Note: For more information and tips on writing for the web, visit Writing for the Web on useit.com.
There are a growing number of file formats that you can use in your web pages. By far the most popular formats are GIF and JPEG. These formats are natively supported by all web browsers, which means they can be displayed in your web page by simply pointing to them with a single line of code.
There are some important differences between GIF and JPEG files.
GIF files can contain a maximum of 256 colors. Each GIF file has an associated color table, which stores the information for each color used in the file (see Figure 5). One advantage of this approach is that those colors can be assigned to be transparent, which means that anything behind that area of the GIF will show through the image. Although the transparency can only be 100% or 0%, this still gives you some options when creating overlapping artwork.
In the example shown in Figure 6, the D.i.D. logo has transparent areas and a matte color assigned that matches the banner area of the page. The blended colors that make up the smooth edge are flattened to the dark blue banner. This gives the illusion that the image blends into the background color.
Another advantage of GIF files is that they can be animated. Before Flash, animated GIF files ruled the web advertising world. You can create cell-based animations based on animated GIF files with tools like Adobe Photoshop or Adobe Fireworks.
GIF files are preferable to JPEG files when you need consistent color replication (as in logos), large areas of flat color, transparency, or simple animations (see Figure 7).
JPEG files do not use a color table, and they are capable of storing millions of colors. JPEG files represent an image in "blocks," or groups of pixels to make the files smaller. When you compress a JPEG file, you are averaging areas of the image to simplify it and make a smaller file. The more you compress an image, the more you average, or lose data, and the smaller your file size. Conversely, when you do not compress an image, you retain more detail and end up with a larger file. Since JPEG files can store so many colors, they are preferred for photographs and scans of illustrations (see Figure 8).
PNG files are relatively newer and come in two flavors: 8-bit and 24-bit. An 8-bit PNG is similar to a GIF file in that it is limited to 256 colors, including a single transparent color. PNG-24 files, on the other hand, can store as many colors as a JPEG file, and have an additional 8 bits for transparency. This means each pixel of a PNG-24 image can have 256 levels of transparency (see Figure 9).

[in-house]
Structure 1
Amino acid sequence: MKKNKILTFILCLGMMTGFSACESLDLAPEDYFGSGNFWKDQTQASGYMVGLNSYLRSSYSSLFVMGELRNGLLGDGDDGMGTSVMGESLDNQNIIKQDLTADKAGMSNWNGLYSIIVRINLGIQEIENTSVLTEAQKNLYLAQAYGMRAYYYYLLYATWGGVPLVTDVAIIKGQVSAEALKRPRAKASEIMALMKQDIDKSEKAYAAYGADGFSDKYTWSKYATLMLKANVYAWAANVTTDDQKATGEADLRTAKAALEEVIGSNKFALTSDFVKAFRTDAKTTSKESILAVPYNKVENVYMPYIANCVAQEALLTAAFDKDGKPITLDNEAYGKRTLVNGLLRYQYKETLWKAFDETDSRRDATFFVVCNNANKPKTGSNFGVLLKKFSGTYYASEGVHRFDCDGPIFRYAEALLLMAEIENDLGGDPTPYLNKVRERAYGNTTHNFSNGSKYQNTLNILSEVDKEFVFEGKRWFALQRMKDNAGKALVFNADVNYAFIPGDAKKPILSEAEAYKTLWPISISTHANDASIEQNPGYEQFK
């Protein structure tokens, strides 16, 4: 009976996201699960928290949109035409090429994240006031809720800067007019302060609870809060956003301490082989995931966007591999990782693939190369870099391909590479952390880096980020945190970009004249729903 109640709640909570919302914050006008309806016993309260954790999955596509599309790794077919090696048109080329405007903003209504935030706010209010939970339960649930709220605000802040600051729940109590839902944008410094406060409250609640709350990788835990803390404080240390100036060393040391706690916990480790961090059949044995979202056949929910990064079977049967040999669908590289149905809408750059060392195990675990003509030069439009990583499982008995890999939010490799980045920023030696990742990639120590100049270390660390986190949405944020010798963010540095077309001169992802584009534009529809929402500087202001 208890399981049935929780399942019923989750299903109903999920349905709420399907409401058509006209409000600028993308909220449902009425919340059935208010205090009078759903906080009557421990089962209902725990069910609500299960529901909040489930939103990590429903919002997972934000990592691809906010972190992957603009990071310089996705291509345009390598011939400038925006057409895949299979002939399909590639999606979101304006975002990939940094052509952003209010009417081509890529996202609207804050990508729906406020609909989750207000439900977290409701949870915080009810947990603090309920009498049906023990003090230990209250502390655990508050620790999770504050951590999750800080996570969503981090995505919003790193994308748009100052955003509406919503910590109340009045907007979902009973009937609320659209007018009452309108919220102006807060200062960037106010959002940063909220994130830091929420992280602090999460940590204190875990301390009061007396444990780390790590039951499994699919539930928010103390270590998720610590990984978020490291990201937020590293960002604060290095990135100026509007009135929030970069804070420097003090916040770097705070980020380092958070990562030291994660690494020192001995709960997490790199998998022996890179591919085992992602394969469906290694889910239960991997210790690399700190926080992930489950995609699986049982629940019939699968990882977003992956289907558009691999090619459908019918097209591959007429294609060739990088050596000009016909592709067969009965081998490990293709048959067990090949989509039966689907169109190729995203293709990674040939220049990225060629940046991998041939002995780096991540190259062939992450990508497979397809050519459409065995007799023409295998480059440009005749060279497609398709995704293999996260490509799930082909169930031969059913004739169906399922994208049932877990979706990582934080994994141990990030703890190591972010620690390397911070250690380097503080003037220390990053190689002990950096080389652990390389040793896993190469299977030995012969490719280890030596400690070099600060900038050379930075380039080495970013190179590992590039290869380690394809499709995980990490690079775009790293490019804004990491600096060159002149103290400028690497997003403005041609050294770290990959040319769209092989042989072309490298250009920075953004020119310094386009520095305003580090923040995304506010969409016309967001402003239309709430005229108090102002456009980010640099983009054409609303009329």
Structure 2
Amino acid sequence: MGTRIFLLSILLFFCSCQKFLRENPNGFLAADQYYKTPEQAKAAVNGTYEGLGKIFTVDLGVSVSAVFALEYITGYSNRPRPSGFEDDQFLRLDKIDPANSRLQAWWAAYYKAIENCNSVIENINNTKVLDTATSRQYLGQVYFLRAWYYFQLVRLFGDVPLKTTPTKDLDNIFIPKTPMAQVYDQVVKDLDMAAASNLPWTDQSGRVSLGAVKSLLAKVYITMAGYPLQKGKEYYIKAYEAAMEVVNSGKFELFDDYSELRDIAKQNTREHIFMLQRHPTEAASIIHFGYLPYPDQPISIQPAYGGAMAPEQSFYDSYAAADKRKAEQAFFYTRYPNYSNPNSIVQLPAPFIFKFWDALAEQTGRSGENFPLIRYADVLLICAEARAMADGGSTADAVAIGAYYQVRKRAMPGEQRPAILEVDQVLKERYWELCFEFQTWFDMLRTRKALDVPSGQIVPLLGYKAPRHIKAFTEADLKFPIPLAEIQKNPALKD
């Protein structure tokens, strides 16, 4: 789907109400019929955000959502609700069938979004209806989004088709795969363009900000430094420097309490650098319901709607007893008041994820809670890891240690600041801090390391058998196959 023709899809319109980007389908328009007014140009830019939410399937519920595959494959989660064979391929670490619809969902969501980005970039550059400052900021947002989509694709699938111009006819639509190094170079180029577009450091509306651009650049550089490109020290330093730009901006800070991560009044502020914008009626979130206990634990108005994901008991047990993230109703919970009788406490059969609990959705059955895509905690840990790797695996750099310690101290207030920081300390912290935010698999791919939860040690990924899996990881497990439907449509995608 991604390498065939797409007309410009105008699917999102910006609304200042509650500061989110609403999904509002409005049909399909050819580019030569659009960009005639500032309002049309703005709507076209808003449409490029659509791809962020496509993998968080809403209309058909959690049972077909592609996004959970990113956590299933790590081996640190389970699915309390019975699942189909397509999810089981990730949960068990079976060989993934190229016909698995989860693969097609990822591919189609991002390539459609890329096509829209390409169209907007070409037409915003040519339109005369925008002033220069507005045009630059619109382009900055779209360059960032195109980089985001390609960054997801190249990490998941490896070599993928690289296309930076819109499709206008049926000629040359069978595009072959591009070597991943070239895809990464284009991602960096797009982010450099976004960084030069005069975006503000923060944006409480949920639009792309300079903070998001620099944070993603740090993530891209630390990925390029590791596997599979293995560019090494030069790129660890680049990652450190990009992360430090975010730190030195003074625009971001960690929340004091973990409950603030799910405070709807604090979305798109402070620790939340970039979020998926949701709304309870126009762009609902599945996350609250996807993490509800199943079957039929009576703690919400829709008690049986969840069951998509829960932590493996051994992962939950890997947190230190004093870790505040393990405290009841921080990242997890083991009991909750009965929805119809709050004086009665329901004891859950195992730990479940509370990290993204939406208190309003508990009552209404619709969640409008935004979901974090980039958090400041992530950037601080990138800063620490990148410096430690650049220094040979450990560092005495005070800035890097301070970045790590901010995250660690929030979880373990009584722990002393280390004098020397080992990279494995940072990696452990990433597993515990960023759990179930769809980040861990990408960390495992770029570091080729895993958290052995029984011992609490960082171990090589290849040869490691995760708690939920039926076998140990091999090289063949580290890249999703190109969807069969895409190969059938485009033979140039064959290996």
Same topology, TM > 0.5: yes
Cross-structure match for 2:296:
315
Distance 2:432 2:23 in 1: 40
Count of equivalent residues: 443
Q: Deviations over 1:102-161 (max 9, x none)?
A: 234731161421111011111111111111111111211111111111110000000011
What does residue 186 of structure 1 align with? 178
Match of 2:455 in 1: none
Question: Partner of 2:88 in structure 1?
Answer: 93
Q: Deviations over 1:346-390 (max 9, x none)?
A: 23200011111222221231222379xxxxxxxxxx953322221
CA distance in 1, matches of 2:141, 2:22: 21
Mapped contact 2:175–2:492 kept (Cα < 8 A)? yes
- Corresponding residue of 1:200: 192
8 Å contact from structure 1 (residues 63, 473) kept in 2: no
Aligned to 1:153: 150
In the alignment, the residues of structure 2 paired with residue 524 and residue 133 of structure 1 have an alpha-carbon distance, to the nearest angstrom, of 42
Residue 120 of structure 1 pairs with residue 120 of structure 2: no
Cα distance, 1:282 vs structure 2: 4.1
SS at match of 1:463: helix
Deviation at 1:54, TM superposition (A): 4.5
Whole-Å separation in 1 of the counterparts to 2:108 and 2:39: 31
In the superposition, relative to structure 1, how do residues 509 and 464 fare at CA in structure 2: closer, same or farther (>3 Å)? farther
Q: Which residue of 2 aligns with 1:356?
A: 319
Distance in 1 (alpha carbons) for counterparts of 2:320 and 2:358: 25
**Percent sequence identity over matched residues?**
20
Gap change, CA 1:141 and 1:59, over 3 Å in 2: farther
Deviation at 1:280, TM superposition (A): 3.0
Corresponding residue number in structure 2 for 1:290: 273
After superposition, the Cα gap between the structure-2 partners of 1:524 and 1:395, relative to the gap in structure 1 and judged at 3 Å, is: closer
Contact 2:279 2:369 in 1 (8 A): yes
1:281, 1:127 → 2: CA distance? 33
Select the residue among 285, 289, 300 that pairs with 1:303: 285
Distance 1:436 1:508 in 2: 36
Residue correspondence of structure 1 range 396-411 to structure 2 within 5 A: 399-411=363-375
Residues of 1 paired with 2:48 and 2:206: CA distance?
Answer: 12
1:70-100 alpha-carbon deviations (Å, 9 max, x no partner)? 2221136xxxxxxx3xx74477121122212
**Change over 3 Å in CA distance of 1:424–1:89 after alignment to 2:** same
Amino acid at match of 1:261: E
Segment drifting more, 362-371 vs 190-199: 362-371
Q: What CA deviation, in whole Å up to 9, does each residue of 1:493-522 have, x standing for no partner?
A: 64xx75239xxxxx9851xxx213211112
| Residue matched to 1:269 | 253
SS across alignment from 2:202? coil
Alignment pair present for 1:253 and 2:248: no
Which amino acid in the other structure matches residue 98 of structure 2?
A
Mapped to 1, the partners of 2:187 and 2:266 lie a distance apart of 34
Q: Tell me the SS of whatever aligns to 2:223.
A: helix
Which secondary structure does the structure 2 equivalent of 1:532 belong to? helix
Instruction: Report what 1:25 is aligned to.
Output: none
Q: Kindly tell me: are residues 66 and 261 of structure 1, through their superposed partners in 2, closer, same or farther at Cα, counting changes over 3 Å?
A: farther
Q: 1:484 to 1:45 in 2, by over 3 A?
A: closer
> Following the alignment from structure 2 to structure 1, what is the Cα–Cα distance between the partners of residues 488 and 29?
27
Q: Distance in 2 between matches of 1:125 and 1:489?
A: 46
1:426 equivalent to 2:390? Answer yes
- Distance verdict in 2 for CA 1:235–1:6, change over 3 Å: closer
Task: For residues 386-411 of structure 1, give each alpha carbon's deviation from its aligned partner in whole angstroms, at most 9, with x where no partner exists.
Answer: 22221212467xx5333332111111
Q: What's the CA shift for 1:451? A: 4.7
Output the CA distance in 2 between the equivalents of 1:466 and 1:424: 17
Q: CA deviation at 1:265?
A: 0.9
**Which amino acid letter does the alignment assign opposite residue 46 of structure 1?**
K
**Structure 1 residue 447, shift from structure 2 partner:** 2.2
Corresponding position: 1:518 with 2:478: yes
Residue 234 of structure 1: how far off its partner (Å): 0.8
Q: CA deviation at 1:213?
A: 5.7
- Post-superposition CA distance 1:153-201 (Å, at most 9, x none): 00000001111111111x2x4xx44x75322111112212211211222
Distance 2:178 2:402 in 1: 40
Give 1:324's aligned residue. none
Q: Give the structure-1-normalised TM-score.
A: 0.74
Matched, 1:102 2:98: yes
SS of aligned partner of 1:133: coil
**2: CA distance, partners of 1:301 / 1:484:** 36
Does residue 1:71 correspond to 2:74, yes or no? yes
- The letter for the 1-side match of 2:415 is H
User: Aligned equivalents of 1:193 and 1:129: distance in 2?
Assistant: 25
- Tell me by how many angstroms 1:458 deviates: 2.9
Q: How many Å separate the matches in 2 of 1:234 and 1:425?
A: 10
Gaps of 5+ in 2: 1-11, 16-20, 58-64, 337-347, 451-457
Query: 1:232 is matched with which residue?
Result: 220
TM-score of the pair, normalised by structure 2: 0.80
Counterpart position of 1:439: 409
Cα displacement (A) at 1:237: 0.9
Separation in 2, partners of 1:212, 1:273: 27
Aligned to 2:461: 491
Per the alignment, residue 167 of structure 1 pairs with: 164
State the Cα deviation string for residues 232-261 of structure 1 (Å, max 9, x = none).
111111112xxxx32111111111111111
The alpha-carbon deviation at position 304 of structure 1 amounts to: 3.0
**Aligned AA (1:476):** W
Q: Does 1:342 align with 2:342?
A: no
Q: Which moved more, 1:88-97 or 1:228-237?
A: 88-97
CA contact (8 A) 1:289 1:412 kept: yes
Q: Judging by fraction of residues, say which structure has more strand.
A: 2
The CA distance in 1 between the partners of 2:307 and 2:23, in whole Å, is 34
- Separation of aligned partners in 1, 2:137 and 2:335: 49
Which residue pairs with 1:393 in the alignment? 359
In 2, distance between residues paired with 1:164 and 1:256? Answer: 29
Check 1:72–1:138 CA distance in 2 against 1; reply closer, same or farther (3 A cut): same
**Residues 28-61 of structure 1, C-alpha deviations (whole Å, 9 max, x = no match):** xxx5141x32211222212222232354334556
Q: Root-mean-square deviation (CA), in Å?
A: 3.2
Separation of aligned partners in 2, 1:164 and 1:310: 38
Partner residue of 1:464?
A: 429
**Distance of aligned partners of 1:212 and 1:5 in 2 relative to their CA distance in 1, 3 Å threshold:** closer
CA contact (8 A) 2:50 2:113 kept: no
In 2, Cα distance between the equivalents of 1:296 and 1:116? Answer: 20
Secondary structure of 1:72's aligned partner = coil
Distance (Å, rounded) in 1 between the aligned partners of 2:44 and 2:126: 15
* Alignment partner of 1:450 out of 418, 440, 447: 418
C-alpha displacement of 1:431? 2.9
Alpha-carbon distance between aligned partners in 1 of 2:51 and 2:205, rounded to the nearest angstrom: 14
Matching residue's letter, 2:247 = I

In more traditional media, style sheets are responsible for formatting text. On the web, style sheets perform dual duty. Cascading style sheets (CSS) not only format text, they are also used to control the layout of a web page. In addition, CSS rules can be defined in an external document, allowing you to style hundreds, or thousands, of pages from a single CSS file.
Using Adobe InDesign or a similar application, a designer can draw a frame, fill it with text or images, and position it on the page. Designers can work in a similar fashion on the web, but the approach is a little different. HTML consists of tags that are inserted before, inside, and after the text of your page. These tags act as instructions to the web browser on how to render your content. Consider the following HTML:
The <strong>quick</strong> brown fox <a href="http://www.adobe.com>jumps</a> over the lazy dogs.
When this sentence is rendered by a browser, the word quick will be in bold (strong), and the word jumps will be a hyperlink to the Adobe website.
With no additional formatting, blocks of text will just run on in a browser window stretching as far left and right as users open their windows. In order to control the layout and positioning of these items, you need to use some tags that will allow you to group, in a sense, other tags within a larger tag. You can then control the look of that group with CSS. Think of this as creating your own InDesign frame container with HTML.
You use a
DIV tag to group other tags. Anything in between the beginning